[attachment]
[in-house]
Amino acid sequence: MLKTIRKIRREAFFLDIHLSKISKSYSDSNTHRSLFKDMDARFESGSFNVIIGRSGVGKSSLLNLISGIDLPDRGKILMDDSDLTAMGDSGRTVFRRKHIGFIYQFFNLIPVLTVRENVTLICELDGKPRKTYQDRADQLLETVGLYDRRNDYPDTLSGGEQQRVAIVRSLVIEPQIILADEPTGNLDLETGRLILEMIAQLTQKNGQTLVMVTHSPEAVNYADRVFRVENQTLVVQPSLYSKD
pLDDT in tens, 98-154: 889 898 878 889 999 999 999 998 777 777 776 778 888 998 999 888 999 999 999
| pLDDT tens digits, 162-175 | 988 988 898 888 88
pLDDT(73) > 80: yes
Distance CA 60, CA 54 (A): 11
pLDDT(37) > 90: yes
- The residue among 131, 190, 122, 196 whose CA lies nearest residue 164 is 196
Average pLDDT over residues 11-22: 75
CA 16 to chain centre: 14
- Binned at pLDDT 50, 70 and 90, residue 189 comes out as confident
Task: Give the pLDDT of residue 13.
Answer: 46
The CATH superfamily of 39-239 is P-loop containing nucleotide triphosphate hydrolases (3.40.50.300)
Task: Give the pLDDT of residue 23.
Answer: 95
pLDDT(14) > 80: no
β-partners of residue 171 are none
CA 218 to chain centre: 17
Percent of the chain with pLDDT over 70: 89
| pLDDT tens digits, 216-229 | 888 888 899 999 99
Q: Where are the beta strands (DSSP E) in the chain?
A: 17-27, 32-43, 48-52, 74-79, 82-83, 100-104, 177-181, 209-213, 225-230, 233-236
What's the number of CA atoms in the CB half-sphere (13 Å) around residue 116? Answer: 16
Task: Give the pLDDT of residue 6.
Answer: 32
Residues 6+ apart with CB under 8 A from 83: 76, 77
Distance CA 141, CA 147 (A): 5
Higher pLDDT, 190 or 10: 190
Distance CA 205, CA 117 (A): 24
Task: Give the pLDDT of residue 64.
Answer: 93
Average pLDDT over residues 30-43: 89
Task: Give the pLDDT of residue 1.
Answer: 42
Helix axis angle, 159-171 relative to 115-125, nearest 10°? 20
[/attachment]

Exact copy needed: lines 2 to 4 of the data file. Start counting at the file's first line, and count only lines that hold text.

Amino acid sequence: MLKTIRKIRREAFFLDIHLSKISKSYSDSNTHRSLFKDMDARFESGSFNVIIGRSGVGKSSLLNLISGIDLPDRGKILMDDSDLTAMGDSGRTVFRRKHIGFIYQFFNLIPVLTVRENVTLICELDGKPRKTYQDRADQLLETVGLYDRRNDYPDTLSGGEQQRVAIVRSLVIEPQIILADEPTGNLDLETGRLILEMIAQLTQKNGQTLVMVTHSPEAVNYADRVFRVENQTLVVQPSLYSKD
pLDDT in tens, 98-154: 889 898 878 889 999 999 999 998 777 777 776 778 888 998 999 888 999 999 999
| pLDDT tens digits, 162-175 | 988 988 898 888 88